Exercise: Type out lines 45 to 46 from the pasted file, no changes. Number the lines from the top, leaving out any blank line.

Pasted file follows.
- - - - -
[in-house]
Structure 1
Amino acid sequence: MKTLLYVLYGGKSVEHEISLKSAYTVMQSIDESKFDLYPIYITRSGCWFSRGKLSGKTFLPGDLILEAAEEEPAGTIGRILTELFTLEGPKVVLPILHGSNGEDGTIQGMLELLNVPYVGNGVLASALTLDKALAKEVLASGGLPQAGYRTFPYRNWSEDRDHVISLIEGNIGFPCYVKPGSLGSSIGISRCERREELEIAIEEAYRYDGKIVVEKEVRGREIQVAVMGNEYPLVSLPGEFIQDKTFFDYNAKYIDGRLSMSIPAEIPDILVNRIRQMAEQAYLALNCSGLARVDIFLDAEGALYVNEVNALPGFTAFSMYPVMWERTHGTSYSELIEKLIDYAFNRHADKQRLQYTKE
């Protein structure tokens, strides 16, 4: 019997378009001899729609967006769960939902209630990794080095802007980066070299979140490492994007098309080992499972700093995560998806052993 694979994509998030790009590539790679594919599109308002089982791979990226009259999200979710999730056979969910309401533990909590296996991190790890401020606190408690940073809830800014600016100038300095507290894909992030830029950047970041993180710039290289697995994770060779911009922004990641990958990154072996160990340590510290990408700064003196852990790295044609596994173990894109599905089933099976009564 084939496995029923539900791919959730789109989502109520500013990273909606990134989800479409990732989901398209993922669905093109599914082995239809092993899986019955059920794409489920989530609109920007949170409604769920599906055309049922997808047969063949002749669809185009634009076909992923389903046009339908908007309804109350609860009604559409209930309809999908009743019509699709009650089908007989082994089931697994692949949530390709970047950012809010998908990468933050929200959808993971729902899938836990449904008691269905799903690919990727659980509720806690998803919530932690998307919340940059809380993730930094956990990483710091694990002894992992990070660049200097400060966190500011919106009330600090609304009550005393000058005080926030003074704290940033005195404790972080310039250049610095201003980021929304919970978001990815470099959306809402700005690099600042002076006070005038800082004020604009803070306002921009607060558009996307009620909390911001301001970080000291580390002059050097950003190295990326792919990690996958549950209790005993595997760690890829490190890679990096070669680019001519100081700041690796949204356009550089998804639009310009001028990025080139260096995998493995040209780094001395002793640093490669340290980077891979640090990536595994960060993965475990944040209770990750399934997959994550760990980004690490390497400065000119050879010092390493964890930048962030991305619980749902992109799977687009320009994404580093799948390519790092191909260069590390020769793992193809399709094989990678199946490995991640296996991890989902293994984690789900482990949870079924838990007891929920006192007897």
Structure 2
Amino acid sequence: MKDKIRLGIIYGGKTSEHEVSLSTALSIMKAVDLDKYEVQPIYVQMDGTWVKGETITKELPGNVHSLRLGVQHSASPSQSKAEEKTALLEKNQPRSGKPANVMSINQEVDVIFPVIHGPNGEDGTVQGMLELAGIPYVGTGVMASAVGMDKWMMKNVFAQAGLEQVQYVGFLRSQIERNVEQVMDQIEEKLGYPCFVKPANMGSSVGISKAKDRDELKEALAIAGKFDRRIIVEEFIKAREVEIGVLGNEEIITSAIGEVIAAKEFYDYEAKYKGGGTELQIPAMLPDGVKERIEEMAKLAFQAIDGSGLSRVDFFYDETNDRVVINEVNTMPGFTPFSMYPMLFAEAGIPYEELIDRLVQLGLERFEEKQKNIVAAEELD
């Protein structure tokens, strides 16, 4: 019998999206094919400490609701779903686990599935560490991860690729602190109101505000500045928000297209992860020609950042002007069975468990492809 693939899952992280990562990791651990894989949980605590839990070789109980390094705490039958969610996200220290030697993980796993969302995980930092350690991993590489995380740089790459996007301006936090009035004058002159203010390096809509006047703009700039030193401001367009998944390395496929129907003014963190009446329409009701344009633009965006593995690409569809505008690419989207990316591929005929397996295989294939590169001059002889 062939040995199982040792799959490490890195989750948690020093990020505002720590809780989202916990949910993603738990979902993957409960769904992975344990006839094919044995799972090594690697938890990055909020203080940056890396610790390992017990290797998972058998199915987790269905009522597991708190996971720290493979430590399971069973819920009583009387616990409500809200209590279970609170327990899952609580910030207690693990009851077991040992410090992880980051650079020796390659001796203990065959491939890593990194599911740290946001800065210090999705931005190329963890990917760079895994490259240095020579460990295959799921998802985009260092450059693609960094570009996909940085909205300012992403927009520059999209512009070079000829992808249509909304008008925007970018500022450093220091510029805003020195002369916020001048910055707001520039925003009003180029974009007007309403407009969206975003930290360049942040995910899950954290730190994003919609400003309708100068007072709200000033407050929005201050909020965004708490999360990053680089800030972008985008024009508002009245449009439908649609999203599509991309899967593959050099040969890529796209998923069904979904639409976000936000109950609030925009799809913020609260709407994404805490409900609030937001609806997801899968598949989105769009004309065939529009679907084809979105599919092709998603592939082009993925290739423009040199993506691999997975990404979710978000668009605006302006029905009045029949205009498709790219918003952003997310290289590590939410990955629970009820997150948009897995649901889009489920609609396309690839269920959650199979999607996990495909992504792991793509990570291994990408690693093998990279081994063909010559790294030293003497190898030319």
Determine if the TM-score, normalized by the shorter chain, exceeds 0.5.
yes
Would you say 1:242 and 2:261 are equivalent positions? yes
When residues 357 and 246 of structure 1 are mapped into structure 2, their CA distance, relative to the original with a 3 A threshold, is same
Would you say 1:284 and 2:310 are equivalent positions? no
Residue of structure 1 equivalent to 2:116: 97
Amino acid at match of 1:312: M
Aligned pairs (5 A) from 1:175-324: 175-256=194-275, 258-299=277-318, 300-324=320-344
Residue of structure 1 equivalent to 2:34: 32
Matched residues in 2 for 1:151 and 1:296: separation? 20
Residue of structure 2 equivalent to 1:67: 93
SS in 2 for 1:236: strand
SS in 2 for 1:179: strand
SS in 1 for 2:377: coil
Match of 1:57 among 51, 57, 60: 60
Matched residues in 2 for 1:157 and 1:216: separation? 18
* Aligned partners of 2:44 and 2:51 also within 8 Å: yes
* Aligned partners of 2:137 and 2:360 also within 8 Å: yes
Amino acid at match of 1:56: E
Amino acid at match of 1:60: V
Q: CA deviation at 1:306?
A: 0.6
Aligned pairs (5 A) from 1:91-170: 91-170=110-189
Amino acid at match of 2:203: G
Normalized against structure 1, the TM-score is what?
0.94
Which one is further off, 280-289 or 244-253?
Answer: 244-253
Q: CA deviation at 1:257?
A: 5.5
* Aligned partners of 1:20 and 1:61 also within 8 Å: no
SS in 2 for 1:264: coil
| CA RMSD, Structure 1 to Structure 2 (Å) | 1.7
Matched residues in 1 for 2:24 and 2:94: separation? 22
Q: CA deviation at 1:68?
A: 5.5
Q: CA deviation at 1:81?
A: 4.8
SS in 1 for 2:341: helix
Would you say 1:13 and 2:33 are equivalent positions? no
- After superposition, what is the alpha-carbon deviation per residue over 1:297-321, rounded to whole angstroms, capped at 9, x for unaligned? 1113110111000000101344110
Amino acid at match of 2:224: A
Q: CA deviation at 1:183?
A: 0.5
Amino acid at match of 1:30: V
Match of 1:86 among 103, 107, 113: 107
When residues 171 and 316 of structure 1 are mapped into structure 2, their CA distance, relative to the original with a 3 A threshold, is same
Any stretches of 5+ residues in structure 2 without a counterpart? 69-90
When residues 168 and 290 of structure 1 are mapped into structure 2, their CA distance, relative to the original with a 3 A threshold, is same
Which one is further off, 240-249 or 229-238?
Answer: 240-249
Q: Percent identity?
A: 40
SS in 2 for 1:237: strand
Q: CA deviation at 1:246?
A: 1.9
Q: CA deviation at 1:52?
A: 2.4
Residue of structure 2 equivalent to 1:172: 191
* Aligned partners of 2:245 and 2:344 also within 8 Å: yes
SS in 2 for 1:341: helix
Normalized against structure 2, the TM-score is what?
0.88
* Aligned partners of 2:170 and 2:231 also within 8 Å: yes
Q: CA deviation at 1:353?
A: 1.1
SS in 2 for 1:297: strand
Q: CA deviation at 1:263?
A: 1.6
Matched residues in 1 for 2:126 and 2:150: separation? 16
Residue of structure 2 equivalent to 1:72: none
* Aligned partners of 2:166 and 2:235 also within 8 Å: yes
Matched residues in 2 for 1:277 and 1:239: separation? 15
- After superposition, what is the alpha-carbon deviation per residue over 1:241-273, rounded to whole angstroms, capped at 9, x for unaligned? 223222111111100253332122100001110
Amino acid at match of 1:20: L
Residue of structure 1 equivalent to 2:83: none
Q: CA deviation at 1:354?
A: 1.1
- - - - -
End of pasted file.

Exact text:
A: 4.8
SS in 1 for 2:341: helix